The Lauder Stratospheric Ozone Lidar (LAUSOL) is up and running again!

Following two years of equipment procurement and a visit earlier this month from Fernando Chouza (JPL) to help with receiver integration, Lauder finally have a redeveloped ozone lidar that is ready to return to routine operations.  The original ozone lidar was installed at Lauder, New Zealand, in the early 1990s by a research group led by Daan Swart from RIVM (The Netherlands).  For the next 25 years, the ozone lidar was jointly operated by RIVM and NIWA until 2017 when RIVM gifted the lidar system to NIWA to continue to operate on a best-efforts basis.  In mid-2021, there was a catastrophic failure of the excimer laser that interrupted the timeseries (not altogether unexpected with a 14-year-old laser…).  Two years later, the reconfigured lidar is now a two-laser system, using an XeCl excimer and a frequency-tripled Nd:YAG laser (replacing the Hydrogen Raman cell used in the earlier lidar configuration).  The acquisition electronics have been replaced with Licel transient recorders and the large EMI-style photomultiplier tubes have been replaced with small Hamamatsu PMT modules.  First light on the new system was achieved in late October 2023, with high quality ozone and temperature profiles produced using Thierry Leblanc’s GLASS lidar processing software.  Along with the ongoing commissioning and comparisons with ozonesondes, some next steps for the system are to streamline control software and automate elements like weather-based hatch closing and remote laser shutdown procedures.  Alongside the significant hardware investment made by NIWA, this upgrade was also made possible with the help of RIVM through their designing and installing ESA-funded near-field receivers, and with the direct & donated CAMS27 funds that have supported the project and Fernando’s recent travel.  With this new system back online, we look forward to many more years of NDACC ozone lidar operations at Lauder!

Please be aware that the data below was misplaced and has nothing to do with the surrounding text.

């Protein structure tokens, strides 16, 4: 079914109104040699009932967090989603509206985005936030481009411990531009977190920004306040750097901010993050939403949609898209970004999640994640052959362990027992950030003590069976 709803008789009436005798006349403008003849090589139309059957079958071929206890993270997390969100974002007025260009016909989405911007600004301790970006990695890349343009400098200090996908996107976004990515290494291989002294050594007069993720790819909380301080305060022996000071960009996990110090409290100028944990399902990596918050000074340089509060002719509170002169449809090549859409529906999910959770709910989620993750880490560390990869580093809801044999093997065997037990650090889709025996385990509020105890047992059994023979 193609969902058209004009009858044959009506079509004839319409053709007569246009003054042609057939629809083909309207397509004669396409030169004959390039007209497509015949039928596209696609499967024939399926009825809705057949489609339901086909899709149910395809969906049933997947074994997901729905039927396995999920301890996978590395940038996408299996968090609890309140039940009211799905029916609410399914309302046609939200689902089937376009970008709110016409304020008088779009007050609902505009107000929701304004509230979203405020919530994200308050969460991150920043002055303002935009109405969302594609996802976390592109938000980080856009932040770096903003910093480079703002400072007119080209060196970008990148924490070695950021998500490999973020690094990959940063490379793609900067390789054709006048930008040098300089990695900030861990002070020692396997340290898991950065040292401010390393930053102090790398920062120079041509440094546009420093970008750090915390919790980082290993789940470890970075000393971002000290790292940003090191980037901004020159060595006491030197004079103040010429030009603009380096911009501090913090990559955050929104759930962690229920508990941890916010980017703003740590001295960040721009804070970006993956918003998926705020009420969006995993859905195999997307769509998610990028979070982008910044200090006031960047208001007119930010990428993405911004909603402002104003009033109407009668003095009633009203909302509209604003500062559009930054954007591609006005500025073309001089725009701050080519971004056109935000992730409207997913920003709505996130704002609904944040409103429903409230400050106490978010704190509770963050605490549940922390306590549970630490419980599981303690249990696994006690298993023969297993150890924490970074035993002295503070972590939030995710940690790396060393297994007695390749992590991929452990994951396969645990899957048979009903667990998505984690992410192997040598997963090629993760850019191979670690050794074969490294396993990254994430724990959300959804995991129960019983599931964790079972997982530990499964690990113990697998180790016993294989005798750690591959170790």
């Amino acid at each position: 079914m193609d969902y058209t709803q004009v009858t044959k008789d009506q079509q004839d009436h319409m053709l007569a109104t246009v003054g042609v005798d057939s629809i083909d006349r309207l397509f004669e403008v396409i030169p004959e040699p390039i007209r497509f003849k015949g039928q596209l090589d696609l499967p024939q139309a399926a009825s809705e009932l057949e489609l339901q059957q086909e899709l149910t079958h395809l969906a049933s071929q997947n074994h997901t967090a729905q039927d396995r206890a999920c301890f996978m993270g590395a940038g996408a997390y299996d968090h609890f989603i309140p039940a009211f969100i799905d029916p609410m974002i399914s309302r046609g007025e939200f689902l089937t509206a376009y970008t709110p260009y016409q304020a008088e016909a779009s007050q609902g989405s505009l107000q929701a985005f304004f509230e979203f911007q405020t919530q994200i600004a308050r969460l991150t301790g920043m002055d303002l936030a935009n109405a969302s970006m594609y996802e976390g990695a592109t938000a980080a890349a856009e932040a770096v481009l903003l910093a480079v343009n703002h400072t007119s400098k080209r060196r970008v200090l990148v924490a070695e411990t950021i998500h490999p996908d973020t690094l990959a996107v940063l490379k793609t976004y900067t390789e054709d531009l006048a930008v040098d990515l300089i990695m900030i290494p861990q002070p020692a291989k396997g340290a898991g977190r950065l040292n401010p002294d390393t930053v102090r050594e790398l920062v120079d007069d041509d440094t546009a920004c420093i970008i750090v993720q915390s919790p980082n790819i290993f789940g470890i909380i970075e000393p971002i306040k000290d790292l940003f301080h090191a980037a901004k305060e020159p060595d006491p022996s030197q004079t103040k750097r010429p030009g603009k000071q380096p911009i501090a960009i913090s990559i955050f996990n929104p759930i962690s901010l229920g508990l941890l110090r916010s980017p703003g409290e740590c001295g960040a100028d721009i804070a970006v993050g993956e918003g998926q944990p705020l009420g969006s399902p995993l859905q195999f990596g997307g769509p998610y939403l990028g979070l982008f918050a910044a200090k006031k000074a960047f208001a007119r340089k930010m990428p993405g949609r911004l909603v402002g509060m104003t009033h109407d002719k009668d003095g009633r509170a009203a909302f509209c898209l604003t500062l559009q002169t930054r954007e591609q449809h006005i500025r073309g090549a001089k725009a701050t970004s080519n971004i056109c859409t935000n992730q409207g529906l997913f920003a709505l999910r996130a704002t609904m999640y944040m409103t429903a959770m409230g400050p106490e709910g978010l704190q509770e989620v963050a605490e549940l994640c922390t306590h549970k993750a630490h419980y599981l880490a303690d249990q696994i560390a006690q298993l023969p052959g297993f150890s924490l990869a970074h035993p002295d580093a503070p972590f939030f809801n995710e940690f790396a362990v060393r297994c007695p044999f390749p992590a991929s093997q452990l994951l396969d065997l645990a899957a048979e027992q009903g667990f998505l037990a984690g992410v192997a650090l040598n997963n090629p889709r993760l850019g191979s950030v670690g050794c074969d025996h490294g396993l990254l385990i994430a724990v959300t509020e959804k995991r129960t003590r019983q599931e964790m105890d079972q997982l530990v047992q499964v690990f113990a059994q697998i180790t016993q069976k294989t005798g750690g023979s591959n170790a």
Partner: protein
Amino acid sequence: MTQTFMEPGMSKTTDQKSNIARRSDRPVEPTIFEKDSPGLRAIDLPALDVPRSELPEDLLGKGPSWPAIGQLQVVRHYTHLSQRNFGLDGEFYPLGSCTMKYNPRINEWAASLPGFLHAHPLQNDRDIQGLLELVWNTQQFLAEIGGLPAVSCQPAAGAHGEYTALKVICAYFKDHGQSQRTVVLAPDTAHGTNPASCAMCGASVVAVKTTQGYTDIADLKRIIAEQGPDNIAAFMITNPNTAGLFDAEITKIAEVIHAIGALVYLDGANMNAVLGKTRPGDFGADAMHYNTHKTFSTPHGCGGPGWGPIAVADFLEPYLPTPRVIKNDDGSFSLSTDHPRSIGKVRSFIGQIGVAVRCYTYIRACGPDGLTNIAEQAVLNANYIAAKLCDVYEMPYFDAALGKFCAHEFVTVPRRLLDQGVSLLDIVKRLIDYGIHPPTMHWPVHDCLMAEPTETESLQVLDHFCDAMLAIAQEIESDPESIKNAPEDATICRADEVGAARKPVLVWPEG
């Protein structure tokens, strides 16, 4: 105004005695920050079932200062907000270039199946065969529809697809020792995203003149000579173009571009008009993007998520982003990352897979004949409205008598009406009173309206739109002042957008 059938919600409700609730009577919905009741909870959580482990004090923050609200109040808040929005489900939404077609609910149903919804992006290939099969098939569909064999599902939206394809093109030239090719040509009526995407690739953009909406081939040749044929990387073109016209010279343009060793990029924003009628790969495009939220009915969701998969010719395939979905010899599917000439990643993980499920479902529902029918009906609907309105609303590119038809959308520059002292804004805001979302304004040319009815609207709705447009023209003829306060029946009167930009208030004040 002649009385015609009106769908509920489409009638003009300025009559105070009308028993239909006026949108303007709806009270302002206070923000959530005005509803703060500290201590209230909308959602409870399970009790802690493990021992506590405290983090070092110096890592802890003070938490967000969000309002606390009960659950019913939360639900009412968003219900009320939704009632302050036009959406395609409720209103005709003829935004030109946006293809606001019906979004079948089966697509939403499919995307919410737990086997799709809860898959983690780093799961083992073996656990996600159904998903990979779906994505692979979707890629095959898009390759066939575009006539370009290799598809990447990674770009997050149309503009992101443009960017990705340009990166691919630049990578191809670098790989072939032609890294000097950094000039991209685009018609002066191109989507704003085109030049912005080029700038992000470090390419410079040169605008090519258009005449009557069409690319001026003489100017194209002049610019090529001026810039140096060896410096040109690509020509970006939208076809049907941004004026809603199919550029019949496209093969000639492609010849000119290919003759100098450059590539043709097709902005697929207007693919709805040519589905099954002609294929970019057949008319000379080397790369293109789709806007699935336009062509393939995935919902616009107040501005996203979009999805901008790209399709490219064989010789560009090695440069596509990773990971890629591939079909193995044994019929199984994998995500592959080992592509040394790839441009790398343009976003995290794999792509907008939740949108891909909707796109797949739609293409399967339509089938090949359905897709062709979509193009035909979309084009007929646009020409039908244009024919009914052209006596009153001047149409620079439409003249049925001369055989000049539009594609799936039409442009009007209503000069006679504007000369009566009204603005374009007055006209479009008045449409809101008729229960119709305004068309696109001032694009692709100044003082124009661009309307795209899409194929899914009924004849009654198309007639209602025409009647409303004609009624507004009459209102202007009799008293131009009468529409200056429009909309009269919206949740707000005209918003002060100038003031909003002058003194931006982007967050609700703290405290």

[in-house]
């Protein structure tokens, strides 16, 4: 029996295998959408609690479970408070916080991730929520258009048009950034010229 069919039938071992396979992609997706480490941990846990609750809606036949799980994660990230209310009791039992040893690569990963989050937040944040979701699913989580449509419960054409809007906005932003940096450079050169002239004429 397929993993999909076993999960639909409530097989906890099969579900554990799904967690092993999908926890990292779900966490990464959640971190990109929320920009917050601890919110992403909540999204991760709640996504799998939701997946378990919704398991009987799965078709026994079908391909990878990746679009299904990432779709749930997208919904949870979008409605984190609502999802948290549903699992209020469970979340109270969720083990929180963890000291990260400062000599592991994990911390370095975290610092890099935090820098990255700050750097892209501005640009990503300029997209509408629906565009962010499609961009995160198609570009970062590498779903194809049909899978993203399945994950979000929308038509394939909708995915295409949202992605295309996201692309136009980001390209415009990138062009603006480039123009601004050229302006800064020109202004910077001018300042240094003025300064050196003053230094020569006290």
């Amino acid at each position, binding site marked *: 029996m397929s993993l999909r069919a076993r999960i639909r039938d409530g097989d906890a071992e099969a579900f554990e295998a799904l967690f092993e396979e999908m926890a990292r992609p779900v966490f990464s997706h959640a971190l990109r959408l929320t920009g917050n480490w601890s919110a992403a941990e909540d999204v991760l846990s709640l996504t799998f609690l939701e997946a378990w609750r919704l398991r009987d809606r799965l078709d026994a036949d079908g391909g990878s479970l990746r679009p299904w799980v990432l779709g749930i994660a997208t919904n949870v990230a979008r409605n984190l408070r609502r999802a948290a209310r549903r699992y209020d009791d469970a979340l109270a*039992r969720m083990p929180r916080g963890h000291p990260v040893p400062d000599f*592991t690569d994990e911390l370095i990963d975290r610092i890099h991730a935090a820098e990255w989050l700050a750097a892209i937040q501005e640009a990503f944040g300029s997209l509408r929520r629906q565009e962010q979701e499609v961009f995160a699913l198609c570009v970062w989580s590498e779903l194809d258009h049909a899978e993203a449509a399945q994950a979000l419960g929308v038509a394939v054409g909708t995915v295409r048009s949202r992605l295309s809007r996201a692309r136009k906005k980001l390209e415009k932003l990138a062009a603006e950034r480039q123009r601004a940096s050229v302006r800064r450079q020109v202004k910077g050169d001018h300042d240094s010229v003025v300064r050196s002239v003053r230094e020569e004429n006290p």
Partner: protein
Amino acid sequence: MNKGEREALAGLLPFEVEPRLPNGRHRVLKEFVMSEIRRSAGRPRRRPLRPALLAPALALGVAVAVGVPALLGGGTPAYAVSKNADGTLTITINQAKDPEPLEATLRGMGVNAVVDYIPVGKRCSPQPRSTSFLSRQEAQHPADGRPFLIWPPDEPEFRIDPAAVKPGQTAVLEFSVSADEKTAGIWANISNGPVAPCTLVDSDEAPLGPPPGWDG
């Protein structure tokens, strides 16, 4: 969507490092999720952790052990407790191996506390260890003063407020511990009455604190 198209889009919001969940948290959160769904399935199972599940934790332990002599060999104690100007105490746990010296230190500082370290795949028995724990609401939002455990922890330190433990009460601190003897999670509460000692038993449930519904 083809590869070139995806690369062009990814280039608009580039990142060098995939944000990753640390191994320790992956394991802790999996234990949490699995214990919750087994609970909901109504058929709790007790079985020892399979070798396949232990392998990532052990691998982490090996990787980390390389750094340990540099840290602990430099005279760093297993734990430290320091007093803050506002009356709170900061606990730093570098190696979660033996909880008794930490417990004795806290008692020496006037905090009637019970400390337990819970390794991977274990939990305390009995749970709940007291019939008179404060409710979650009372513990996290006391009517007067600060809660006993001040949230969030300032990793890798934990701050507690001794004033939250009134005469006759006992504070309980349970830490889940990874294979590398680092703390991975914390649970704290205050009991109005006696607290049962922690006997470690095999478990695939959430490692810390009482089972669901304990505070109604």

Figure 1:  The new NDACC lidar system

Figure 2:  Mike Kotkamp with the lidar